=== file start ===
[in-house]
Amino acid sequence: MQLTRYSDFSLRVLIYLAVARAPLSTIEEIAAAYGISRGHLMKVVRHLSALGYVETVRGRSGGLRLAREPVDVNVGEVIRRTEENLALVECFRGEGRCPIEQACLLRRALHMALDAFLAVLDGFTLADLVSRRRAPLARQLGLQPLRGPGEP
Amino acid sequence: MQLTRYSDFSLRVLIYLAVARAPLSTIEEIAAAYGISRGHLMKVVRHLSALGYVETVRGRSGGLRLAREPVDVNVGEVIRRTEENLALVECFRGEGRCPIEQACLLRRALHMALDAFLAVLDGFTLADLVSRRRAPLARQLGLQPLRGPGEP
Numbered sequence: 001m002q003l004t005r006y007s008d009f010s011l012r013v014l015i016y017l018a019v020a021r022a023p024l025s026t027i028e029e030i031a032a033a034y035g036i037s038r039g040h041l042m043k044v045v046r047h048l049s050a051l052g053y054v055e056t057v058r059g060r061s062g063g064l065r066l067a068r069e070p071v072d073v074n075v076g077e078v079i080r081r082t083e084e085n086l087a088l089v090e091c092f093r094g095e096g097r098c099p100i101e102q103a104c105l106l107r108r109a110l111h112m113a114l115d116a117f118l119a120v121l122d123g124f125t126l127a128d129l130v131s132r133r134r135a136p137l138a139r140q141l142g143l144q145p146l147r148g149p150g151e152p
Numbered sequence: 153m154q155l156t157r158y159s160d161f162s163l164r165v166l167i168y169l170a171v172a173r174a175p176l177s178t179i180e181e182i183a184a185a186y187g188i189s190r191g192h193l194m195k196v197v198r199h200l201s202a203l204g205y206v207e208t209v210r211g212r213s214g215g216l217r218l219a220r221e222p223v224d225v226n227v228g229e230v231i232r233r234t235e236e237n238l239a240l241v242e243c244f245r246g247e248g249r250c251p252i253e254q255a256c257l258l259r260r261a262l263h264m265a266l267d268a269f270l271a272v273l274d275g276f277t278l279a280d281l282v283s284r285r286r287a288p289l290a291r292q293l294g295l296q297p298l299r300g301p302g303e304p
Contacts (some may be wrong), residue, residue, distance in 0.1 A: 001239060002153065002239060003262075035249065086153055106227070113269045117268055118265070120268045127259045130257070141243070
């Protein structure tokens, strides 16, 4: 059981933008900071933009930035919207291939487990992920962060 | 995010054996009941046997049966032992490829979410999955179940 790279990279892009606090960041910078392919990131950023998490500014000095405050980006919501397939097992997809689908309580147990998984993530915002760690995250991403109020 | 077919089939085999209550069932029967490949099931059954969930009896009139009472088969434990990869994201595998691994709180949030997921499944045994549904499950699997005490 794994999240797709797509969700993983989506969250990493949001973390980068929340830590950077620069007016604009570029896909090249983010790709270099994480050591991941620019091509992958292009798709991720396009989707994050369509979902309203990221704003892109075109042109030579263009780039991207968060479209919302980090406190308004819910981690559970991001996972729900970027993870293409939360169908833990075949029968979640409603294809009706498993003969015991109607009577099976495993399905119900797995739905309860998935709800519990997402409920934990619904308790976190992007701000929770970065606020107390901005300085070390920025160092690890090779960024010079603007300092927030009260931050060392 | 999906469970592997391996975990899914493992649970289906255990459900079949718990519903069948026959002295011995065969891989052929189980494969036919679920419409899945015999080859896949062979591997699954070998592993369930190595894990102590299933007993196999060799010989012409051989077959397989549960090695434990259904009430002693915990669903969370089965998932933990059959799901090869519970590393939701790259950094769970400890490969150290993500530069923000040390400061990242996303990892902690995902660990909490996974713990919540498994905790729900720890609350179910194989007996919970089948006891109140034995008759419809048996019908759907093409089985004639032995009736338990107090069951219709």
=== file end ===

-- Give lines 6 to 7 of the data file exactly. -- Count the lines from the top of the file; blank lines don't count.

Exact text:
Contacts (some may be wrong), residue, residue, distance in 0.1 A: 001239060002153065002239060003262075035249065086153055106227070113269045117268055118265070120268045127259045130257070141243070
């Protein structure tokens, strides 16, 4: 059981933008900071933009930035919207291939487990992920962060 | 995010054996009941046997049966032992490829979410999955179940 790279990279892009606090960041910078392919990131950023998490500014000095405050980006919501397939097992997809689908309580147990998984993530915002760690995250991403109020 | 077919089939085999209550069932029967490949099931059954969930009896009139009472088969434990990869994201595998691994709180949030997921499944045994549904499950699997005490 794994999240797709797509969700993983989506969250990493949001973390980068929340830590950077620069007016604009570029896909090249983010790709270099994480050591991941620019091509992958292009798709991720396009989707994050369509979902309203990221704003892109075109042109030579263009780039991207968060479209919302980090406190308004819910981690559970991001996972729900970027993870293409939360169908833990075949029968979640409603294809009706498993003969015991109607009577099976495993399905119900797995739905309860998935709800519990997402409920934990619904308790976190992007701000929770970065606020107390901005300085070390920025160092690890090779960024010079603007300092927030009260931050060392 | 999906469970592997391996975990899914493992649970289906255990459900079949718990519903069948026959002295011995065969891989052929189980494969036919679920419409899945015999080859896949062979591997699954070998592993369930190595894990102590299933007993196999060799010989012409051989077959397989549960090695434990259904009430002693915990669903969370089965998932933990059959799901090869519970590393939701790259950094769970400890490969150290993500530069923000040390400061990242996303990892902690995902660990909490996974713990919540498994905790729900720890609350179910194989007996919970089948006891109140034995008759419809048996019908759907093409089985004639032995009736338990107090069951219709």